Agricultural Pesticide Use in America

Here is a new publication from UF/IFAS about the amount and trends of pesticide use in agriculture in America from EPA data. The publication was not interpreting or drawing conclusions based on the numbers just stating the numbers as facts.

The data shows that the US spent $7 billion on pesticides in each of the years 2006 and 2007. Herbicides accounted for more than half of those expenses. There were more than 600 million pounds of active ingredients applied with over half of that being herbicides. Remember that when you buy pesticide only a fraction of the total is actual active ingredients the rest is either inert or a carrier of some type to deliver the pesticide. It got me thinking about how much pesticide is that really. I could probably fit a ton of active ingredients (a.i.) in my pickup truck. So that would be about 300,000 trucks full of active ingredients. Or two pounds of pesticide a.i. for every man, woman, and child in the US, or 0.265 lbs a.i. for every acre of land in the US. Interesting! Where does all the pesticide go every year? Any comments?

Winter Newsletter

For those of you who may not know already the winter edition of the Environmental Horticulture Production Newsletter is out. You can access the information by going to the Hillsborough County Extension website. Then click on the link for the Winter 2011 Newsletter. Here is the link to the publication for your reading enjoyment.



Communicating from the Farm

This is a survey from UF/IFAS about the need for communication and the tools used to do it for ag producers in an increasingly urban environment. UF wants to know how to help out. Please read the following and participate in the survey.

As the rural-urban interface becomes less distinct we would like to know what kind of communication tools you as agricultural producers need to educate your neighbors and the school children in your community about agricultural practices in their community. We can only do this if we know current practices. How do you communicate with your neighbors? Let us know by completing this survey that is being conducted by the University of Florida IFAS Extension in partnership with Florida Farm Bureau. Based on the survey we will be designing a Good Neighbor Program (GNP) that will help people living in urban-rural interface communities understand more about the importance of agricultural practices. We are also asking School Systems to complete a survey asking how they communicate with you. Please share your communication practices with us and we will use them as part of the new Good Neighbor Program. The survey will take 5 to 10 minutes to complete and we will only use your answers after they have been combined with other respondents' answers and will be completely confidential. Thank you for participating.Email Survey Link: https://www.surveymonkey.com/s/5B2MPY9If you have any questions, please call (352) 273-3971, or send an email to FOI@ufl.edu. Thank you for your participation.Joan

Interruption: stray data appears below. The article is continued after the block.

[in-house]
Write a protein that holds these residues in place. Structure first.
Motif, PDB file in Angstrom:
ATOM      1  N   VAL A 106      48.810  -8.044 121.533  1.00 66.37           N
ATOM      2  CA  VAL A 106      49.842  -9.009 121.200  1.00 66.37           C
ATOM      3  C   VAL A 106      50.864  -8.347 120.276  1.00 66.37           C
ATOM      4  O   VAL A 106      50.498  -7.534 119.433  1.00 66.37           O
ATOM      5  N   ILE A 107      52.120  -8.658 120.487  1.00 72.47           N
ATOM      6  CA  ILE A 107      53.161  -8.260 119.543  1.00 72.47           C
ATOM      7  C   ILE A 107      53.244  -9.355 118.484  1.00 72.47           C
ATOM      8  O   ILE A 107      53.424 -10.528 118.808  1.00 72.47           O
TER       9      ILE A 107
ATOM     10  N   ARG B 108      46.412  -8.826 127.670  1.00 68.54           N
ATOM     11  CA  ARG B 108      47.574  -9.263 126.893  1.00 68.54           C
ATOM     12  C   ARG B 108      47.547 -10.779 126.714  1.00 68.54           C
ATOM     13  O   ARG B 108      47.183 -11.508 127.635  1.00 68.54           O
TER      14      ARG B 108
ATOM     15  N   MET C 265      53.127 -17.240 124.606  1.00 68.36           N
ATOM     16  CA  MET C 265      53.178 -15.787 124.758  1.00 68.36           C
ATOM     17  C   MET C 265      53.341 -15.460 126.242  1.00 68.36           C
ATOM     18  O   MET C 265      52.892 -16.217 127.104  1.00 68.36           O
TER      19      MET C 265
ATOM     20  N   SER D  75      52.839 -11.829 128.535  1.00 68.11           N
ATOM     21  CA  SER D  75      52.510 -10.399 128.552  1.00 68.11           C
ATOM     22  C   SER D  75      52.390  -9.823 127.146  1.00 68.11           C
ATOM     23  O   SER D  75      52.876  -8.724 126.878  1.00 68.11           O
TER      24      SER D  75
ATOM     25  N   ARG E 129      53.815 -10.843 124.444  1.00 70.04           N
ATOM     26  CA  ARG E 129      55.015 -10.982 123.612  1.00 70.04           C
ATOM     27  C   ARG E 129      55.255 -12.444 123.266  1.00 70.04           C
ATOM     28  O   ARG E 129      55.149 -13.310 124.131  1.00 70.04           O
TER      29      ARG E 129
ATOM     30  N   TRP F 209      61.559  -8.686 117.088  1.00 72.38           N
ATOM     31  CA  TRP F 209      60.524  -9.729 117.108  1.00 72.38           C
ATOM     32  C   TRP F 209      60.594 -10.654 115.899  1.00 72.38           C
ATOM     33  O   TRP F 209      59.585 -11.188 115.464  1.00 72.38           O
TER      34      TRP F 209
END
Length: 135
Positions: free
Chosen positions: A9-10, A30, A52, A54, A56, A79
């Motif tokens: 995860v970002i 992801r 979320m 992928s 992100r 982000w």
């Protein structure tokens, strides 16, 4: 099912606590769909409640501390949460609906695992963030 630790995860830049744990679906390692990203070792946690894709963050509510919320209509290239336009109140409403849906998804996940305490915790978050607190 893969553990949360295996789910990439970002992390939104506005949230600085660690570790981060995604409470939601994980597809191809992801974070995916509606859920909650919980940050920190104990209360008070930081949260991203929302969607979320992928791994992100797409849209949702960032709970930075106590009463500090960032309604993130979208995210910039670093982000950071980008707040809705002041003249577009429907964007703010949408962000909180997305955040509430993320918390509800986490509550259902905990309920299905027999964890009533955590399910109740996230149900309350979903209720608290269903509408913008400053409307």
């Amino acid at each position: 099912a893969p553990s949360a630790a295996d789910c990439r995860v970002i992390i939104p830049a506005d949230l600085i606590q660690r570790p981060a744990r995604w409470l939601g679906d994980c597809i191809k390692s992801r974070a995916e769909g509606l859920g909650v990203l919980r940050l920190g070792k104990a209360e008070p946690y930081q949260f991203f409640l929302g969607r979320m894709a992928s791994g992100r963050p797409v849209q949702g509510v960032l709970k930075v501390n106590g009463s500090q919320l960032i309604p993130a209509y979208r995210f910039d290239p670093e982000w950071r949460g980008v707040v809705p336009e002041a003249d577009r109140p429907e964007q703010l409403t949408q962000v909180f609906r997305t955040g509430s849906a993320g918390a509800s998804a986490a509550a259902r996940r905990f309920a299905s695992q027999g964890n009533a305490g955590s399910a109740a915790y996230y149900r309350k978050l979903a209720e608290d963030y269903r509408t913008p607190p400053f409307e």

USDA Energy Grant Meeting

Here's an educational meeting for those who want to find out more about the USDA renewable energy and energy efficiency loans and grants. The meeting will be held at the Extension office and it is being conducted by Stephen Gran of the Agriculture Economic Development Department. The press release is below.

March 1, 2011
For more information, contact:
Stephen Gran, Agriculture Industry Development Manager
Economic Development Department
Telephone: (813) 272-5506

County Teaming with USDA to Teach Local Farmers and Rural
Businesses How to Fund “Green” Energy Projects

What: USDA Renewable Energy and Energy Efficiency Program Workshop for Local
Farmers, Ranchers and Rural Businesses
Date: Tuesday, April 5, 2011
Time: 1 pm – 5 pm
Where: Hillsborough County Extension Office Auditorium, 5339 County Road 579, Seffner


Hillsborough County’s Agriculture Industry Development Program and Extension Service are
partnering with the U.S. Department of Agriculture Rural Development Office to provide a
workshop on government programs available to assist farmers, ranchers and rural businesses
with renewable energy projects and energy efficiency improvements.
This workshop will help participants learn more about the programs available through the U.S.
Department of Agriculture Rural Development Office.
Specific topics will include:
· Renewable Energy Program – Provides guaranteed loans and grants to help agricultural
producers and rural small businesses purchase and install renewable energy systems and
make energy efficiency improvements.
· Biomass Research & Development Initiative – Provides financial assistance for research
and development of biomass based products, bioenergy, biofuels and related processes.
This workshop is FREE, but seating is limited. Please register by calling Alayna Shiver in the
Hillsborough County Economic Development Department at (813) 272-5909.
For more information, contact Stephen Gran, Hillsborough County Agriculture Industry
Development Manager, Economic Development Department, at (813) 272-5506.